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Posted on October 23, 2014

BOSTON – Today, the MBTA is providing real-time information on the Green Line for the first time in the line’s 117 year history. Effective this afternoon, real-time data on the location of Green Line trains is being fed to dozens of MBTA real-time apps. This marks the completion of the first phase of a multi-phase project to provide real-time information and predictions to the Green Line’s nearly 230,000 daily customers.

“Today marks an important milestone in one of the most highly-anticipated projects the MBTA has undertaken in recent years,” said MassDOT Secretary & CEO Richard A. Davey. “Following the revolutionary release of our real-time data to developers and the installation of the customer-favorite Countdown Clocks, Green Line customers will now begin to have the same level of information to make better-informed travel decisions while riding the surface lines of the MBTA.”

The Phase I release entails adding above-ground Green Line train locations to the MBTA real-time data feed, allowing developers who produce apps to provide information about where the next train is. This important step in better informing our customers is another direct benefit of the MBTA’s pioneering Open Data Initiative. After first releasing its schedule data to developers in 2009, the MBTA jumped to the forefront of sharing real-time transit data by making live location and prediction data for all 1,000 buses available to developers in 2010. It has since then made heavy rail subway and commuter rail real-time data available; beyond offering predictions on its own website the MBTA has a page highlighting over 50 third-party apps.

The next phase, expected by the end of the fall, will include producing predicted arrival times for the Green Line, starting with the above-ground branches. Above ground predictions are expected to be ready by the beginning of December, enabling the MBTA to include these in the MBTA real-time data feed and to begin activating countdown signs at surface stations on the D (Riverside) branch. Customers on other lines will be able to see predictions on their phones and other devices. Phase III of the project will deliver predictions to Green Line subway stations, currently planned for early winter, when tracking hardware is installed in the tunnels.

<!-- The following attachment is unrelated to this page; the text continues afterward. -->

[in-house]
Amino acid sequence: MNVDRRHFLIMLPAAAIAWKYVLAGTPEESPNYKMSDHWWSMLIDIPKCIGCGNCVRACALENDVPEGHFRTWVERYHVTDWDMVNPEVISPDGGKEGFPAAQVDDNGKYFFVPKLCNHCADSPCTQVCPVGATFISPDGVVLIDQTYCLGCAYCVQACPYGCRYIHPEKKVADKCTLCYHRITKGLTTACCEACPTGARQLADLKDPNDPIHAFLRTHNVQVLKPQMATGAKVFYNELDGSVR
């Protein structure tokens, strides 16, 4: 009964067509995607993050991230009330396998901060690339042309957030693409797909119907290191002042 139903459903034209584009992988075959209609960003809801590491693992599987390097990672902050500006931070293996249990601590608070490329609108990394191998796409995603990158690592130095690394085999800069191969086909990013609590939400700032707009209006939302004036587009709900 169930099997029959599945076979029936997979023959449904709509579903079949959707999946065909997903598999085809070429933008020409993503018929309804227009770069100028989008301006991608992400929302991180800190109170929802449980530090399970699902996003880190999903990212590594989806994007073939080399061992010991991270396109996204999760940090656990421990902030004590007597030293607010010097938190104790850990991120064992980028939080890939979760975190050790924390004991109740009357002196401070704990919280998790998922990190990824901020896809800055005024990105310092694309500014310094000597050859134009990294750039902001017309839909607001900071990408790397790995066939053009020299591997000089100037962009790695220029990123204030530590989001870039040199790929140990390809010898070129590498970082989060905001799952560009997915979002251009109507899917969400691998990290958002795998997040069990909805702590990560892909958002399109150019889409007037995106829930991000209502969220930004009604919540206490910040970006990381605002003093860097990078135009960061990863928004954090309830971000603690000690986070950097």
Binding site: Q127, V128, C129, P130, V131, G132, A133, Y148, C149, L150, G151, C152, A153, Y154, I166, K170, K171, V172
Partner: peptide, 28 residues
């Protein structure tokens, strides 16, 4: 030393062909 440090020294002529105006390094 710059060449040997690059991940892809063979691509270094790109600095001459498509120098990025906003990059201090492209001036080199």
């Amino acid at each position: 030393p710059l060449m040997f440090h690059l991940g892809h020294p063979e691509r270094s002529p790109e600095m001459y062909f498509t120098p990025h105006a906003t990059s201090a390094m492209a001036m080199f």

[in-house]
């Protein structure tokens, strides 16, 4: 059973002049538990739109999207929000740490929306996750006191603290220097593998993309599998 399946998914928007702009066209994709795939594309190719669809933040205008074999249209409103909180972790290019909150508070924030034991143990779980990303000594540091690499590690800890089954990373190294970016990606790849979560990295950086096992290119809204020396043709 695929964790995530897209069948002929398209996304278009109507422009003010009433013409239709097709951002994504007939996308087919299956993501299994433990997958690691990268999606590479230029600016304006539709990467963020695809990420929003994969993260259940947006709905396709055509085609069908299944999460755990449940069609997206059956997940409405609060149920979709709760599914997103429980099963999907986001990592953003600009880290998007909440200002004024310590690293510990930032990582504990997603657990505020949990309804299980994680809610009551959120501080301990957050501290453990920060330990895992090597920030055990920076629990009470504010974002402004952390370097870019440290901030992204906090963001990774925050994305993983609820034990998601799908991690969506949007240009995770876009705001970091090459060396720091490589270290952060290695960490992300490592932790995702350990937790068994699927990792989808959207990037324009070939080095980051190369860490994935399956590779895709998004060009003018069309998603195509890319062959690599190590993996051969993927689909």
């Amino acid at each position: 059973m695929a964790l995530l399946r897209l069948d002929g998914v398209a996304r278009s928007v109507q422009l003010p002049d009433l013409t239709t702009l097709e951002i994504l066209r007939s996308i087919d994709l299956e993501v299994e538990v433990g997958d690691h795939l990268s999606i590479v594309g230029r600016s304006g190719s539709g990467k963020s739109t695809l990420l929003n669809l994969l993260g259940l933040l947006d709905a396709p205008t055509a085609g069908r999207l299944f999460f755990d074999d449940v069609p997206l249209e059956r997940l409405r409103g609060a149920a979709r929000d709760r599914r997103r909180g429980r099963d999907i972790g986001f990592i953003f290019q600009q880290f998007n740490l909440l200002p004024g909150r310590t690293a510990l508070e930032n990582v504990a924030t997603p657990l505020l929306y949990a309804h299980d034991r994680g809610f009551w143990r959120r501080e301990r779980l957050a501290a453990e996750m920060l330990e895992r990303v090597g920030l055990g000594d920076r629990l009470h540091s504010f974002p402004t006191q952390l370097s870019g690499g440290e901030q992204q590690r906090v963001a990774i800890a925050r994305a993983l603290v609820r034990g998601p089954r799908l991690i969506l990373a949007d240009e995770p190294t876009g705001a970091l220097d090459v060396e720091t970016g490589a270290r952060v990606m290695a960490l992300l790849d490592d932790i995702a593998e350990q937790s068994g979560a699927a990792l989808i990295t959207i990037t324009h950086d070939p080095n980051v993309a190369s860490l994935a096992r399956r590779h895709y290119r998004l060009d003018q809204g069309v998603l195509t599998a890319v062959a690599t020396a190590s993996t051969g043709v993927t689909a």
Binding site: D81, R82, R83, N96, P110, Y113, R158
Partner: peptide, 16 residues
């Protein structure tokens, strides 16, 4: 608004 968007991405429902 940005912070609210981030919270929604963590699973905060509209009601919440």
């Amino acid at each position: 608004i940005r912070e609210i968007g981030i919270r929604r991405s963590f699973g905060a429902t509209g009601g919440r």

The Green Line tracking project has been a priority of MassDOT Secretary & CEO Richard A. Davey and is fully funded by a state grant. Though the original schedule called for information to be available in 2015, the MBTA was able to accelerate the project and decrease costs by using standard GPS hardware and leveraging internal resources for installation and data integration. This eliminated the time-consuming and costly step of hiring a systems integrator and gave the MBTA more control over the project’s timeline. The entire fleet of 225 Green Line trains will be equipped with GPS technology for approximately $1 million, including the installation labor. Currently all of the Type 8 cars have GPS, and because 98% of trains contain at least one Type 8 car for accessibility, we can confidently release the GPS information to the public. The Type 7 cars are currently being overhauled and will receive GPS equipment as part of that process, therefore bringing the entire fleet to completion by the end of the overhaul cycle.

Because GPS does not work underground, track sensors known as Automatic Vehicle Identifiers (AVIs) are being installed to track trains in the tunnels. There are some existing AVIs every few stations, but this is not sufficient for predictions, so new AVIs are being installed for finer resolution. New AVIs are scheduled to be installed this winter, enabling predictions to be made at Green Line subway stations shortly thereafter.

This data release is just the latest step towards providing customers with more timely and accurate information as they use the MBTA system.  The smart use of innovation to improve people’s trips has been a priority of Secretary Davey’s tenure as both MBTA General Manager and MassDOT Secretary as he oversaw the introduction of Countdown Clocks on the Red, Orange and Blue Lines and the “mTicket” mobile ticketing system for Commuter Rail and Ferry, among others.

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